Select Committee on Work and Pensions Written Evidence


Memorandum submitted by Training and Guidance in Skye and Lochalsh

  Training and Guidance in Skye and Lochalsh is an outreach project of TAG NHS Highland which has 12 years experience of working with people who are recovering from mental health problems. The aim of the project is to support our trainees through courses which will enhance their self-esteem, encourage them to get back to work, or to go on to further study, or voluntary work. We have a reasonable success rate, bearing in mind that some of our trainees have severe and enduring mental illness and are not usually expected to be able to be part of a workforce.

  Many people with a mental illness are deeply concerned by the new proposals within the new Welfare Reform proposals. The compulsion to look for and prepare for work is especially alarming.

  The Personal Capability Test that will determine what people can do must allow for some flexibility. People who suffer from mental illness can be well one day and be in a crisis the next day. The compulsion to look for and prepare for work may put many people in a crisis. Many people who suffer mental ill health have difficulties with everyday existence. A minor problem to a normal person can be a crisis for someone with a mental illness. The Benefits Medical Agency Services GPs who conduct the Personal Capability Assessments lack specialist health knowledge. Specialists in mental health must be employed in assessments for the complex health issues that claimants with mental ill health face on a daily basis.

  There needs to be massive investment in Mental Health provision throughout the United Kingdom. The current level of investment is very inadequate. Waiting lists are too long. The help and support provided is often short and minimal. Over one-third of Incapacity Benefit claimants have mental health problems. The Government must invest heavily to improve the mental health provision. The most effective treatment for many mental health problems is cognitive behaviour therapy. So why is this particular therapy virtually impossible to obtain?

  The cross-section of people that will be compelled to prepare and look for work will range from people with mild conditions to severe conditions eg suicide attempts because of pressure. Suicide attempts in Highland are three times the UK average.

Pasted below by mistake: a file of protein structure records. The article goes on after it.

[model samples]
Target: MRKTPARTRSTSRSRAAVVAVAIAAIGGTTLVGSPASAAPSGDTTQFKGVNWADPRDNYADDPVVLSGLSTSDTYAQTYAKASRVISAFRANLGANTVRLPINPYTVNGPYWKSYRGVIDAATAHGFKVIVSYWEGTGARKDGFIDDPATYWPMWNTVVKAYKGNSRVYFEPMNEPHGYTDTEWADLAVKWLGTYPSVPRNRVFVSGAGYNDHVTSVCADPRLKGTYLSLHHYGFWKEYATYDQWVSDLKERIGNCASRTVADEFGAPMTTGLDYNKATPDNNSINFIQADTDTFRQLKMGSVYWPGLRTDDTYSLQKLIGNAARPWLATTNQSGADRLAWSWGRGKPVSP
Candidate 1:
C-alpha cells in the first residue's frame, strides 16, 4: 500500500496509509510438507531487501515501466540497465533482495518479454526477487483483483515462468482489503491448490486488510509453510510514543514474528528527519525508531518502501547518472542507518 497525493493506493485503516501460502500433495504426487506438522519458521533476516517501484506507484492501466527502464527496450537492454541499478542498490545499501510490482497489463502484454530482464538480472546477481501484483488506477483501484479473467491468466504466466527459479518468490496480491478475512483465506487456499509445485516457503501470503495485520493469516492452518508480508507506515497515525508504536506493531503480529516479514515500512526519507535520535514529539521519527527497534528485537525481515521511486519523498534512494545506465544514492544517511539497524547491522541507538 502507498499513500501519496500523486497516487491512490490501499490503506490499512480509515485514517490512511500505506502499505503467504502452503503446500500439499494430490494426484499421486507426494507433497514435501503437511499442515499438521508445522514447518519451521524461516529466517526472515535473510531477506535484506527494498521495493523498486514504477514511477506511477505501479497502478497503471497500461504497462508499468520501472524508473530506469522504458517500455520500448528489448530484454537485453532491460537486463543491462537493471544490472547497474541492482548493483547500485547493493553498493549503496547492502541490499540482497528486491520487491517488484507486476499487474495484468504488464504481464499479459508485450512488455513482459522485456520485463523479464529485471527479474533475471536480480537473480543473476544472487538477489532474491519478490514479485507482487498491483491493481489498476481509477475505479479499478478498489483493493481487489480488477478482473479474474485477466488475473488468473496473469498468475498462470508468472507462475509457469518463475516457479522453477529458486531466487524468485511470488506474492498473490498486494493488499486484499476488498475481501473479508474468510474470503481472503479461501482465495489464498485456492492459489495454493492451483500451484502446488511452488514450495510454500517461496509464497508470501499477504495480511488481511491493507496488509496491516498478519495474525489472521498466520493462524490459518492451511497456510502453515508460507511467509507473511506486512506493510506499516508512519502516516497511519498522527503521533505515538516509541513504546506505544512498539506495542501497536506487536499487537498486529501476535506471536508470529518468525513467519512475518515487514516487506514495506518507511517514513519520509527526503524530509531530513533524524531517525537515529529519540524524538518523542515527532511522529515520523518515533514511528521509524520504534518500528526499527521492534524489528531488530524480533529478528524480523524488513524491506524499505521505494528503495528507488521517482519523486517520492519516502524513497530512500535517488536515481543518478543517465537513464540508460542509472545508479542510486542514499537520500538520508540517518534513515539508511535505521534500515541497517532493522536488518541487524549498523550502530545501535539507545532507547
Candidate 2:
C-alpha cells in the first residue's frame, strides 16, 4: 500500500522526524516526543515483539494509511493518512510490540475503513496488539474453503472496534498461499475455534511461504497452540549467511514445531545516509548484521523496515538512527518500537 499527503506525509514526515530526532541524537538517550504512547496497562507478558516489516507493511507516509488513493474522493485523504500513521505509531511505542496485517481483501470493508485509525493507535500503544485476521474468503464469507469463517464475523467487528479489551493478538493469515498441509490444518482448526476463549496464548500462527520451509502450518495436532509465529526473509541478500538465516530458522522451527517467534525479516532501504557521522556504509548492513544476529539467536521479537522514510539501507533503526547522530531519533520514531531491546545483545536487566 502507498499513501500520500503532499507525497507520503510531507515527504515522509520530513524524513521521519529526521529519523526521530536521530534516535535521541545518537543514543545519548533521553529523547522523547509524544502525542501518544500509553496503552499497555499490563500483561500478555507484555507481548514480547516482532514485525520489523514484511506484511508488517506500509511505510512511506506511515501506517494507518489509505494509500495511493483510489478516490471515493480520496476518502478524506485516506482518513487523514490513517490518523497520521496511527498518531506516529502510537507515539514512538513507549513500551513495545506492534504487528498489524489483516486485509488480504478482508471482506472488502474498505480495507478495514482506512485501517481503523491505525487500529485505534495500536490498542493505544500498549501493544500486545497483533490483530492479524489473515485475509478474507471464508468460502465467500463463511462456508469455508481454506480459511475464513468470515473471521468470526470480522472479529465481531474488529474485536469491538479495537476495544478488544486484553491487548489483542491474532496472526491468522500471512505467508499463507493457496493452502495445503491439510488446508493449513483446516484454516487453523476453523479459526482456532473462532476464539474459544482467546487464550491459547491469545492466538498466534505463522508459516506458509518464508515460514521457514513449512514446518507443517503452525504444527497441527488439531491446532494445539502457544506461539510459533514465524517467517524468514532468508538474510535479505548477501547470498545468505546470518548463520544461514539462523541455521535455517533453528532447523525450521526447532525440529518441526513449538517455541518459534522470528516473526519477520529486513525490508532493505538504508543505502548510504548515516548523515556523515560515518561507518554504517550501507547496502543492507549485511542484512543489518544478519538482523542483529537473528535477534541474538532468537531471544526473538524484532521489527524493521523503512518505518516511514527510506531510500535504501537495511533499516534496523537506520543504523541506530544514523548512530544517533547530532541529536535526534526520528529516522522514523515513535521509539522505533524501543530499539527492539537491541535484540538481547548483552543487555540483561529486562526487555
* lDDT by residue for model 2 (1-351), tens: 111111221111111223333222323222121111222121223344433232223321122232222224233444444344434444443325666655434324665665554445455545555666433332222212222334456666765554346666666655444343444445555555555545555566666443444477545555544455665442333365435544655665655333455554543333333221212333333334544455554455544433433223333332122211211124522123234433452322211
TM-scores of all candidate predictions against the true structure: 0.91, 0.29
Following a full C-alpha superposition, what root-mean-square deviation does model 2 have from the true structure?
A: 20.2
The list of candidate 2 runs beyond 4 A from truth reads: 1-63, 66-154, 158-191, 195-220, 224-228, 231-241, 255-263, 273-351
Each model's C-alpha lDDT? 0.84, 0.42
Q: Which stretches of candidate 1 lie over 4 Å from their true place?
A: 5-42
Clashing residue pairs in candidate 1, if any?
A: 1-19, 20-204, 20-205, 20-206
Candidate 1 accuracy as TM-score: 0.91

The stigma surrounding mental health is widespread. Indeed 25% of the population do not believe mental illness exists! And yet, according to government health statistics, one in four people currently suffer from mental illness

  The national media is unhelpful by targeting benefit claimants as scroungers and frauds. Much of society obtains their information about the world through the national media. Negative media coverage of disabled people and people receiving incapacity & disability benefit must be challenged.

  Much more must be done to challenge stigma in society. National advertising campaigns; disability awareness in and out of the work place. Disability awareness provided to all employees across the country. Widespread publicity that challenges disability and mental health stigma in every corner of society.

  Occupational Health must be widely available both in and out with the work place. More investment in the NHS to provide a broader range of health support to incapacity benefit claimants.

  Benefits Agency and Job Centre staff (at all levels) to be given comprehensive and detailed training in all areas of disability awareness. Benefits Agency staff must be friendly and supportive to claimants at all times. That all information relevant to the claimant be given freely without the claimant having to ask for it.

  Many people receiving Incapacity Benefit would like to return to work at some point. Many are put off by the complexities of the benefits system and unhelpful benefits staff that provide the minimal of basic guidance. Many are afraid to undertake voluntary work for fear of losing their benefits. The benefits system is far too complex and inflexible to allow IB claimants to try out work confidently.

  Professionals must trust claimants much more and be guided by their experiences and knowledge of their illness.

  There is a general lack of awareness and information available for claimants to make informed choices and decisions. The under investment and lack of mental health services (NHS and non-NHS) only compounds problems.

  Incapacity Benefit claimants:

    —    are not "the problem"—they must be part of the solution;

    —    hold the key to solutions in their experience and knowledge; and

    —    have a right to the information they need to make informed choices about their lives.

Kenneth MacKenzie and Vicki Samuels



 
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